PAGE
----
“We can recruit and recruit all we want, but retention is the critical piece,” says Lynn Dohm, executive director of WiCyS, citing such factors as unconscious bias, microaggressions, and being passed over for promotions as common reasons women give for their choice to leave the IT workforce. “It’s death by 1,000 paper cuts. A lot of people focus on the metrics of diversity, but when you really look at it, inclusion is that sense of belonging, that trust in wanting to work at a place. That’s the real issue.”
Fishing for nontraditional talent
At Gusto, diversity and inclusion is baked into the corporate culture, which has helped create a cybersecurity team that is reasonably reflective of gender and racial diversity, according to Frederick “Flee” Lee, the company’s chief security officer. Nevertheless, Gusto, like most companies, is finding it difficult to find critical cybersecurity talent, thus has been open to sourcing from nontraditional pipelines and upskilling workers with alternative backgrounds. The company has forged partnerships with a wide variety of organizations that promote women in tech and serves as a sponsor to groups like She Secures, a community for women cybersecurity professionals and enthusiasts.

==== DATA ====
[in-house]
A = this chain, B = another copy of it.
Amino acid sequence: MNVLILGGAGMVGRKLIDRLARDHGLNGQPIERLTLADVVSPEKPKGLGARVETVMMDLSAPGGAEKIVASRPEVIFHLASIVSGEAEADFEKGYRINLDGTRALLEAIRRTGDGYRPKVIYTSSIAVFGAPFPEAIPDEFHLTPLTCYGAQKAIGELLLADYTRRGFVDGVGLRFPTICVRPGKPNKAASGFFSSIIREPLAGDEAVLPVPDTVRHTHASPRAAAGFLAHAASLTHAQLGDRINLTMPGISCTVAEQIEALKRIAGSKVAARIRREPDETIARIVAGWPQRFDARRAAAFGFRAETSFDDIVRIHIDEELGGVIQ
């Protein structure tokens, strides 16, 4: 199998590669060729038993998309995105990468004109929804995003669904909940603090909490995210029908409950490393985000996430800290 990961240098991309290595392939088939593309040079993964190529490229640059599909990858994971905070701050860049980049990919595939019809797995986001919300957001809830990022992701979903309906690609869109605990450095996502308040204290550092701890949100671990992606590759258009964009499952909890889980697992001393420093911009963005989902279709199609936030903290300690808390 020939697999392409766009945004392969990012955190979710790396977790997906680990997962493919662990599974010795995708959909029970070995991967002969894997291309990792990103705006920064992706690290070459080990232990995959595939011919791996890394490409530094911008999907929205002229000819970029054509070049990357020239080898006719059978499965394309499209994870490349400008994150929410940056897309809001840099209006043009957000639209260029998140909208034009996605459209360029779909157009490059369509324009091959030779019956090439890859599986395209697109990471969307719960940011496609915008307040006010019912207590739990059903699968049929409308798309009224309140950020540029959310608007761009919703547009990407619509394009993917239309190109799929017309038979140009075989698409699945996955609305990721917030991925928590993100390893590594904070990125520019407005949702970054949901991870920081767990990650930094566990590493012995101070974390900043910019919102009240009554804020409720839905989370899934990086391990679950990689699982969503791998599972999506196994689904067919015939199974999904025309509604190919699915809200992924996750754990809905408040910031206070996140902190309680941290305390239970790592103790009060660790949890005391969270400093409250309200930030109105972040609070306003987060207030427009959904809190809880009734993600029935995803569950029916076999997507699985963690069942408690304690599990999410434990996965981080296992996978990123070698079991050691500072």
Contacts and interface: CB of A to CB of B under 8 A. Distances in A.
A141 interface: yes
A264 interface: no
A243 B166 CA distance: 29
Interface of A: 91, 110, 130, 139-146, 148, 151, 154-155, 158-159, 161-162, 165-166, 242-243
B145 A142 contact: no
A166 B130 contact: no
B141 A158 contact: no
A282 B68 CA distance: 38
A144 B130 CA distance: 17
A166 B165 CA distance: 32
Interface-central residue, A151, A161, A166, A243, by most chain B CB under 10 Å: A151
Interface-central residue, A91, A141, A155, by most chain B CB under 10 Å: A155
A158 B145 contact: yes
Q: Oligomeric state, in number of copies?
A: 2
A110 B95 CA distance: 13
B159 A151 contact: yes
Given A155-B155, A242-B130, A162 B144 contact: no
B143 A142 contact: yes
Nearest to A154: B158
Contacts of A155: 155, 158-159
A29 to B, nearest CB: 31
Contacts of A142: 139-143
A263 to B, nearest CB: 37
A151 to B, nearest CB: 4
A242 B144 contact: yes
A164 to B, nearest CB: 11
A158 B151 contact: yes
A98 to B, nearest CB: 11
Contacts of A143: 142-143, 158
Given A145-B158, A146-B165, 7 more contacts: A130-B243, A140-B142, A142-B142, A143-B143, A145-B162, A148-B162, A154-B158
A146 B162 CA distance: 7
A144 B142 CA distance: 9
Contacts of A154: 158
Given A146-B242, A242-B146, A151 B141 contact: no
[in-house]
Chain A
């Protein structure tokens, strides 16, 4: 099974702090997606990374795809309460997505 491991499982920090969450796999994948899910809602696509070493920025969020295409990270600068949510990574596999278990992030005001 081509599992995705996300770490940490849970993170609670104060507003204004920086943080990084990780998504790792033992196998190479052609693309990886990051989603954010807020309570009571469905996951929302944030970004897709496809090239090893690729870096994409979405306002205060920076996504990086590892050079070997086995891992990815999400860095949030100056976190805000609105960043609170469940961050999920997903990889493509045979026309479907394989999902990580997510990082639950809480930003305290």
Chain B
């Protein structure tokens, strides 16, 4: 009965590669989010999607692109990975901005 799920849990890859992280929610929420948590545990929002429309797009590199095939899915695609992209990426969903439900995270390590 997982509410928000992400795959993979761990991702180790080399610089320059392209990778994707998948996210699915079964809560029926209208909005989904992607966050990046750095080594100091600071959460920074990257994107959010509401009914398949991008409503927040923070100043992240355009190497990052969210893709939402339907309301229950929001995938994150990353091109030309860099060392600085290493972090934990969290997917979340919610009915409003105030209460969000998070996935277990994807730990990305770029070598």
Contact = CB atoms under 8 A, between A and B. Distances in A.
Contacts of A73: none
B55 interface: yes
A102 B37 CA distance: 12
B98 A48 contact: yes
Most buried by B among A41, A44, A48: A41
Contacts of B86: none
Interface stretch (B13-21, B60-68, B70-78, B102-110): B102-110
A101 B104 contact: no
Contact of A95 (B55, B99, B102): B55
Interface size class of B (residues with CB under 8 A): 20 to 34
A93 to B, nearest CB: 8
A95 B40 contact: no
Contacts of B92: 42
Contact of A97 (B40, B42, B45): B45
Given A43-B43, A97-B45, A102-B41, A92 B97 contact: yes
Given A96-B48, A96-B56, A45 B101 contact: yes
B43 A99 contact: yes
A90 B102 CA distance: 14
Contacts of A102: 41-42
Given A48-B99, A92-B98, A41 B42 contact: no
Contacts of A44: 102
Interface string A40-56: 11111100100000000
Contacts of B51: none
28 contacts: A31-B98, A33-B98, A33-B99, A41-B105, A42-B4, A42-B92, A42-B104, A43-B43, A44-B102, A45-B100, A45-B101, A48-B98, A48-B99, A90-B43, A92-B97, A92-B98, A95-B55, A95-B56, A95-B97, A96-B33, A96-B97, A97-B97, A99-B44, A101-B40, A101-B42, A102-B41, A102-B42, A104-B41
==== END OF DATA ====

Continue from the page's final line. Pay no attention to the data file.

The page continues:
In searching for key talent to staff security teams, Lee has drawn on professional writers, project managers, and others who don’t have the formal technical qualifications and CV experience one would expect for a cyber security role. “There’s a stereotype of what security looks like, but the technical stuff is the easiest to pick up,” Lee says. “The ability to communicate, analyze data well, and see around corners — those are the more difficult skills to master and those can come from so many different places.”
Vipin Gupta, chief innovation and digital officer at Toyota Financial Services, is having the usual challenges finding male and female technologists proficient in areas such as security and data analytics, but the bigger problem is unearthing those individuals that possess a bilingual acumen of both a particular technology and how that technology fits into the broader context of the business. With a little over a quarter of its IT workforce female, Gupta acknowledges there is a long road to go to achieve true gender equality — one he is trying to advance with a multipronged strategy that involves early-stage awareness of STEM careers, promotion of female tech leadership, and internal upskilling, particularly on developing that bilingual acumen for both traditional and nontraditional IT candidates.
Toyota Financial Services